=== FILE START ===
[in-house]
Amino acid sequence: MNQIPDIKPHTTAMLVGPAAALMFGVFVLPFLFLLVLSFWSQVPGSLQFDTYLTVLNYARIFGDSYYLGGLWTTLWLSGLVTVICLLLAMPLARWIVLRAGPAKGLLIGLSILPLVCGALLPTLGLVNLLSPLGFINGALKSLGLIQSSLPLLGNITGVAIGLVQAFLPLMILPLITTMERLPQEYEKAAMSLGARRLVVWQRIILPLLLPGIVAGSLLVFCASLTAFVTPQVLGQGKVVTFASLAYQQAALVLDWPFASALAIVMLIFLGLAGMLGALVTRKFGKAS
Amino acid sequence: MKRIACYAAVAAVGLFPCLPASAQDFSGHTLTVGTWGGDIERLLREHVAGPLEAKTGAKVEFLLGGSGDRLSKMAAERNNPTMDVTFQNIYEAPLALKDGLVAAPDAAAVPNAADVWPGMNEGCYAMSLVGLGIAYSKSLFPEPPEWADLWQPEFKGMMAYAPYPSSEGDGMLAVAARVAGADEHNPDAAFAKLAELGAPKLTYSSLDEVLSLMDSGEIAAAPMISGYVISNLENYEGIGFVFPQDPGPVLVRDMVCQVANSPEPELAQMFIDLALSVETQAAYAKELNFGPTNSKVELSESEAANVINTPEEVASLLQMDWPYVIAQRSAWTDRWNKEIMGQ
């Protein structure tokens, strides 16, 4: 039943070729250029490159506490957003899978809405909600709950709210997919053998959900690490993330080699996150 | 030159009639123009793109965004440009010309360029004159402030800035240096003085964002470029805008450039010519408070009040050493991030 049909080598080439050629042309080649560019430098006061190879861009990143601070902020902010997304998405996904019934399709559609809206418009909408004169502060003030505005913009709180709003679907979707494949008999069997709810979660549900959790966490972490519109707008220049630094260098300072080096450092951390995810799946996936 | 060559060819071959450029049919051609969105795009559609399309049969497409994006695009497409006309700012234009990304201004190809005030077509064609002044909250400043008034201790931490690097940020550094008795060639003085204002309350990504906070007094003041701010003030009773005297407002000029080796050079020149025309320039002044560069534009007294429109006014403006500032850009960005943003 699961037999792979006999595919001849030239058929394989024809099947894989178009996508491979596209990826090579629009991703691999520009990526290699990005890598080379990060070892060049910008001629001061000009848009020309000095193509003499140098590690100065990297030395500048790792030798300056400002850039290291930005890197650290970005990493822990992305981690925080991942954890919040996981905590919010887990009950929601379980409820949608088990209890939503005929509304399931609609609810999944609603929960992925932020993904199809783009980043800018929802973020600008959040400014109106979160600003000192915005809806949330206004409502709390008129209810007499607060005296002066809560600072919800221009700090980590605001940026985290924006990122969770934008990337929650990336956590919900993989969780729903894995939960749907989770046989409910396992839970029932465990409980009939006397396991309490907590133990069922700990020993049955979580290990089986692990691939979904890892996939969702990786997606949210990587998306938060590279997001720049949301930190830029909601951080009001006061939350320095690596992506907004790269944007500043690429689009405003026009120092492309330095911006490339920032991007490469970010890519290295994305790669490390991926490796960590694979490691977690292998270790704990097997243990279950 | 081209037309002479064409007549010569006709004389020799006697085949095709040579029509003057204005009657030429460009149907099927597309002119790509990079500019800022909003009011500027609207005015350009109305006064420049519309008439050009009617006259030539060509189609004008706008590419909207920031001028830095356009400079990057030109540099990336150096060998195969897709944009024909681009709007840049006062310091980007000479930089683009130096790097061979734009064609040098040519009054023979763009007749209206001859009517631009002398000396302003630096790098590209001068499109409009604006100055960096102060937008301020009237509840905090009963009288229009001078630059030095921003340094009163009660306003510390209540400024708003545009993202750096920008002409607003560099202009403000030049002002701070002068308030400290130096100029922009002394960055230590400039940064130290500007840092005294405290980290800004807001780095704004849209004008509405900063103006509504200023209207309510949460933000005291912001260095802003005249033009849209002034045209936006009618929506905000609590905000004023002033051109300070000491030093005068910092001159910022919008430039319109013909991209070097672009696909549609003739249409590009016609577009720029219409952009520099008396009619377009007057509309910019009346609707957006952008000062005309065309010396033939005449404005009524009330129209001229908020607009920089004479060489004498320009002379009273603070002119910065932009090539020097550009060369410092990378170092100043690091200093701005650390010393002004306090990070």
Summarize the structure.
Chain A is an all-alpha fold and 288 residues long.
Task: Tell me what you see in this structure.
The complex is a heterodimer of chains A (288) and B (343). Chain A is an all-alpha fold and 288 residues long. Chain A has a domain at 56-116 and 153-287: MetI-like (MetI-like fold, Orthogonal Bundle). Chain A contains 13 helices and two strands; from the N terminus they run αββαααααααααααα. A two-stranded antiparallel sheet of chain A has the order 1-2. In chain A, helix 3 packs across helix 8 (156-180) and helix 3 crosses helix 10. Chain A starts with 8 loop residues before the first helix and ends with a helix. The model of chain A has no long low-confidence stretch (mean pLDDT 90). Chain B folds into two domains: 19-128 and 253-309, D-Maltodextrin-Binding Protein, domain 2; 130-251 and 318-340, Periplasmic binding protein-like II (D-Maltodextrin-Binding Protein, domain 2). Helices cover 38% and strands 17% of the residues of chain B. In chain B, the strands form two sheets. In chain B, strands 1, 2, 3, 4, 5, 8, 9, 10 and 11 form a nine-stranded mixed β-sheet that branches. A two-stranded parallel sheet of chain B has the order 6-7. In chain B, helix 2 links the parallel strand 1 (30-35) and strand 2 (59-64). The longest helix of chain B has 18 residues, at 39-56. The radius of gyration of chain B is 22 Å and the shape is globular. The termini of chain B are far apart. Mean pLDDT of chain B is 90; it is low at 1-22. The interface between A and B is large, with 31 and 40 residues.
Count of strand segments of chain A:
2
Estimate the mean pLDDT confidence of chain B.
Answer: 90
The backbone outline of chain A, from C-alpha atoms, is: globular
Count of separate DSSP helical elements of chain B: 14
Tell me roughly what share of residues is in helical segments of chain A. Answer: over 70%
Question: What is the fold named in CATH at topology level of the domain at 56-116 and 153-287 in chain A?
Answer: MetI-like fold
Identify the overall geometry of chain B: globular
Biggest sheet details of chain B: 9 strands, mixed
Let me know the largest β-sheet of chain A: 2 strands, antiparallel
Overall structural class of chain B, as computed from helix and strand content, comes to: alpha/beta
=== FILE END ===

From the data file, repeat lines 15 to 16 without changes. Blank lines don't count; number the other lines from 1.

Tell me roughly what share of residues is in helical segments of chain A. Answer: over 70%
Question: What is the fold named in CATH at topology level of the domain at 56-116 and 153-287 in chain A?